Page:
A new £40m pilot scheme is set to increase access to the newest and most effective treatments to combat obesity as the government moves to cut NHS waiting lists.
Health leaders hope that, by taking full advantage of the latest medicines like the recently recommended semaglutide, the health service can reduce the number of people with weight-related illnesses.
The National Institute for Health and Care Excellence (NICE) say that semaglutide should only be accessible via specialist weight management services, meaning only around 35,000 people could benefit.
The idea is that the new pilots investigate how the provision of approved drugs like semaglutide can be safely expanded to benefit more people.
The government highlights the possibility of rolling out more specialist weight management services so they cover more than just hospital settings which is where they currently primarily reside. Helping GPs prescribe the drugs or enabling the NHS the ability to support access via the community and digitally are all options in this regard.
Working this way will be a “game-changer” for the NHS according to prime minister, Rishi Sunak, while health secretary, Steve Barclay, said the new pilot will “help people live longer, healthier lives.”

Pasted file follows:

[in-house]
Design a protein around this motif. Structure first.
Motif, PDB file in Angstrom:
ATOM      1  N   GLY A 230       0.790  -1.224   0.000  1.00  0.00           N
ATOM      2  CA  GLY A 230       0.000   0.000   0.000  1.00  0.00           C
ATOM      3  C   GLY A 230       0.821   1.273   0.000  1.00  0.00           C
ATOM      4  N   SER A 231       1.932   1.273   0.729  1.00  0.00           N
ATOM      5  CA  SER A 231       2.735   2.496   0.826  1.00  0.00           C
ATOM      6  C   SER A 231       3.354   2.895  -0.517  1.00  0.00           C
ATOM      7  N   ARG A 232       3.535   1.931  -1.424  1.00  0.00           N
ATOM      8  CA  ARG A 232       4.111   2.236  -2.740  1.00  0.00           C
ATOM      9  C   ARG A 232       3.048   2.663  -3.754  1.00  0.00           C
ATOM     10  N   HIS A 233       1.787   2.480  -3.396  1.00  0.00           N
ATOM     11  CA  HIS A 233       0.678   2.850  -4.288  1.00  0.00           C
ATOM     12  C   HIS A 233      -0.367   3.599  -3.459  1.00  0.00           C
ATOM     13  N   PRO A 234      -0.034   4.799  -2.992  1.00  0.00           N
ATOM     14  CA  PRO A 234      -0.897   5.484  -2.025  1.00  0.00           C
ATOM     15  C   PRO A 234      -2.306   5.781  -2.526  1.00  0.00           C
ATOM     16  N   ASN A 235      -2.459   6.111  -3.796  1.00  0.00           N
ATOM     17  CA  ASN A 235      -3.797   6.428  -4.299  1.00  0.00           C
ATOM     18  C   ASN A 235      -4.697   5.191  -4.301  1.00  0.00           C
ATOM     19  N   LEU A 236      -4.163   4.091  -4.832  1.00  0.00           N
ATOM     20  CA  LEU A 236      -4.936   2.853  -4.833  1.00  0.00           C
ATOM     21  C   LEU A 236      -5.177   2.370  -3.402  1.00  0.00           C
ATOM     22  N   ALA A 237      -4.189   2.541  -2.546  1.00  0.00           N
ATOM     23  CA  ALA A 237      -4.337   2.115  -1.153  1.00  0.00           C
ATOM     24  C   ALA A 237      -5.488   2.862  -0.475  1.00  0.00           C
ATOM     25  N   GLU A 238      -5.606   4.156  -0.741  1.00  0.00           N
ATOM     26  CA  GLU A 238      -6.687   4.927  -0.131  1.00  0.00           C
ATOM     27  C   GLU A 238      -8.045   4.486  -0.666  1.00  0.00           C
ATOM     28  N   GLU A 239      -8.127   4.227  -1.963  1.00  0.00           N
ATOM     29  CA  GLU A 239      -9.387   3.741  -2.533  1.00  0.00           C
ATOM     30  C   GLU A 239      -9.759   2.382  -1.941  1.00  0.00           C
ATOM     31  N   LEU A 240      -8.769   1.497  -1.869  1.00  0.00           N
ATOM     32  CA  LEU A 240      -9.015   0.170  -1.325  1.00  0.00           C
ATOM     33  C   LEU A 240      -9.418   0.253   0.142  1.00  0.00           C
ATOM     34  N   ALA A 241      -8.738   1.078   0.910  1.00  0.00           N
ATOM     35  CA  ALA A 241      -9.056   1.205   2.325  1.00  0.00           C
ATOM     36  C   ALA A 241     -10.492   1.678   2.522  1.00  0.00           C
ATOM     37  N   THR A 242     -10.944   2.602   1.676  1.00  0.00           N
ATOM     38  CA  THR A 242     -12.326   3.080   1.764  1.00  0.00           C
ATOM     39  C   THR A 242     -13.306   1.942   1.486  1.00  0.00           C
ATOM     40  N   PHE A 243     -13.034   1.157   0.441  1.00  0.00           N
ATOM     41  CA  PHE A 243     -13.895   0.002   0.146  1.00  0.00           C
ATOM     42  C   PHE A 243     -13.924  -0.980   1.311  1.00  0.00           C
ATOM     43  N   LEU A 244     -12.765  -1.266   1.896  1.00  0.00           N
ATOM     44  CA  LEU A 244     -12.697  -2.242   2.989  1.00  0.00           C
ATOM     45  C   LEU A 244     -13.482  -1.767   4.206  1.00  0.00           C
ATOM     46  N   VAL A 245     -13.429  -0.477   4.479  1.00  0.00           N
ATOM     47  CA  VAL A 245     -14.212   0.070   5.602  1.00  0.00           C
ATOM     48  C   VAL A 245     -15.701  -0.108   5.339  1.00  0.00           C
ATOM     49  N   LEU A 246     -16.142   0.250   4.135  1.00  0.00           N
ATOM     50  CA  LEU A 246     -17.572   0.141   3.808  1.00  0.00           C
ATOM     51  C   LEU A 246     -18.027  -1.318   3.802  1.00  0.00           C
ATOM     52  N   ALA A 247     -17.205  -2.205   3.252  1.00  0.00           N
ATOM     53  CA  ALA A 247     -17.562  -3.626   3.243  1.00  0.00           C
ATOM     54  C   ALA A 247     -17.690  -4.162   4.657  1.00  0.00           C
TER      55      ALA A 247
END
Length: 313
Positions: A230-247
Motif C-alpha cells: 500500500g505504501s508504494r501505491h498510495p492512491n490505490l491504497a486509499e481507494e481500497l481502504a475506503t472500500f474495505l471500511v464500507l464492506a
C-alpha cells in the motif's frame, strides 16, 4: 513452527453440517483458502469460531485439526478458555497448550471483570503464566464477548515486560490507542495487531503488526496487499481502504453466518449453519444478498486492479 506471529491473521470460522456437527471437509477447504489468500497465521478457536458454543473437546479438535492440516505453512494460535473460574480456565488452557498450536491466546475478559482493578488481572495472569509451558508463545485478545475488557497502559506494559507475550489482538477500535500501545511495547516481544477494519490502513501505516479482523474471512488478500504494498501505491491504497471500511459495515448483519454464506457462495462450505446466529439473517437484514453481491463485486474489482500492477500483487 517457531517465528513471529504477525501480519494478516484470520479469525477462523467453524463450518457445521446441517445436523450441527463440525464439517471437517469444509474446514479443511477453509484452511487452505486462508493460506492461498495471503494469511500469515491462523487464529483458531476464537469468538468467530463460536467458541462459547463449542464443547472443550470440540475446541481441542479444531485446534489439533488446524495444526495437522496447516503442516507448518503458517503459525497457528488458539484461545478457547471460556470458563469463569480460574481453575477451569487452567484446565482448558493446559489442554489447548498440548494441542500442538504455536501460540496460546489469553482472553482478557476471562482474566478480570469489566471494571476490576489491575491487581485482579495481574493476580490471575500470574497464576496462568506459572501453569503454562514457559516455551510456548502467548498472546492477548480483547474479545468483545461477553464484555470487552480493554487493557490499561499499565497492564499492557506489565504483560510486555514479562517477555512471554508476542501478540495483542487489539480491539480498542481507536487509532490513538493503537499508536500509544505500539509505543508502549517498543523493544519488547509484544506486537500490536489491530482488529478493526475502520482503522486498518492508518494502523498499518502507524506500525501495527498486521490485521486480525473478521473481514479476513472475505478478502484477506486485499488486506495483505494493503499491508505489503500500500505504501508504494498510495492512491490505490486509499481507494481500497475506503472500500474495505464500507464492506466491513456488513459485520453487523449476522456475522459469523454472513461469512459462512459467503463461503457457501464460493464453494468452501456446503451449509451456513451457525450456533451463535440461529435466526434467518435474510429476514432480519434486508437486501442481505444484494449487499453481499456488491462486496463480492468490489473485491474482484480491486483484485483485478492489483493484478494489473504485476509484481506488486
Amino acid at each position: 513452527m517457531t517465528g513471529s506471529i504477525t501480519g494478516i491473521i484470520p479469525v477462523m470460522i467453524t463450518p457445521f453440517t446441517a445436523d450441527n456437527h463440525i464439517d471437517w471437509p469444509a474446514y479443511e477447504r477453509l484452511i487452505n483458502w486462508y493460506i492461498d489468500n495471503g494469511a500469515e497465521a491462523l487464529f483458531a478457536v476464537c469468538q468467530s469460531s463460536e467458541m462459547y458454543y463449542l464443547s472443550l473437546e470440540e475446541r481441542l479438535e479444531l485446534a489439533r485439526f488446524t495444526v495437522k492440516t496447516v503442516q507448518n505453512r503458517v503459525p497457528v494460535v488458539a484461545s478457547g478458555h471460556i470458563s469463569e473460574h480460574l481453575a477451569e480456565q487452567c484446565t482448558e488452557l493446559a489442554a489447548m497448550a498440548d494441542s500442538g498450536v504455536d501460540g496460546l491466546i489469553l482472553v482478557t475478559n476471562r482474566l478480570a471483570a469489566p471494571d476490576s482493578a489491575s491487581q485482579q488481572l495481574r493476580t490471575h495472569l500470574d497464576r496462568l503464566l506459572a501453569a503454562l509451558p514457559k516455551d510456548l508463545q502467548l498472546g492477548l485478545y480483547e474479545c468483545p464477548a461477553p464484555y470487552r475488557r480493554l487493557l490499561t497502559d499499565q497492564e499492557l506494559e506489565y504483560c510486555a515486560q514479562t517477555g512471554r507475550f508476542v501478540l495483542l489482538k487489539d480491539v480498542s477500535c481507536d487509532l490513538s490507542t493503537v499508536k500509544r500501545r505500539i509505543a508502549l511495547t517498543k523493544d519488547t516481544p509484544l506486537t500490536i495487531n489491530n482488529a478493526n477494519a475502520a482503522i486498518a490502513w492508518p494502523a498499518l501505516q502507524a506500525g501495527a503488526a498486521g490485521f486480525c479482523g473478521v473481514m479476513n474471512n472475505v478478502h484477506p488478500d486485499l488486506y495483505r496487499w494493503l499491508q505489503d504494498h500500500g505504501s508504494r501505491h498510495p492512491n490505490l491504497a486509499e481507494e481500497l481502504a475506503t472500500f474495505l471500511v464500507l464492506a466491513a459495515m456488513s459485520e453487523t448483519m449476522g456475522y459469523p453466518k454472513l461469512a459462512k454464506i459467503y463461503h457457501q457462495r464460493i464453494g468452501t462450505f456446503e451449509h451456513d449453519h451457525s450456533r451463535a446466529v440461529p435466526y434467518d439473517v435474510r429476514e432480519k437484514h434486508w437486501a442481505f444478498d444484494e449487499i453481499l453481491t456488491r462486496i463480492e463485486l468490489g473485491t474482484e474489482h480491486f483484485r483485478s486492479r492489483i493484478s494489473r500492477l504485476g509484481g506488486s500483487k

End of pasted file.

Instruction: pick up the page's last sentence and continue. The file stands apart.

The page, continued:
The news comes as obesity continues to be one of the main causes of severe health conditions like diabetes, cancer and cardiovascular disease with the government estimating it costs the health service approximately £6.5bn annually. There were also over one million obesity-related hospital admissions in 2019/20.
NHS England is already making the necessary arrangements so it can implement NICE’s recommendations as the regulator also considers the drug known as tirzepatide for this type of treatment class.
All this comes alongside current government action against obesity which includes the introduction of calorie labelling on menus which is tied to around £430m of NHS savings, and restrictions on the location of unhealthy foods in shops which the government anticipates will bring savings north of £4bn for the health services over the next 25 years.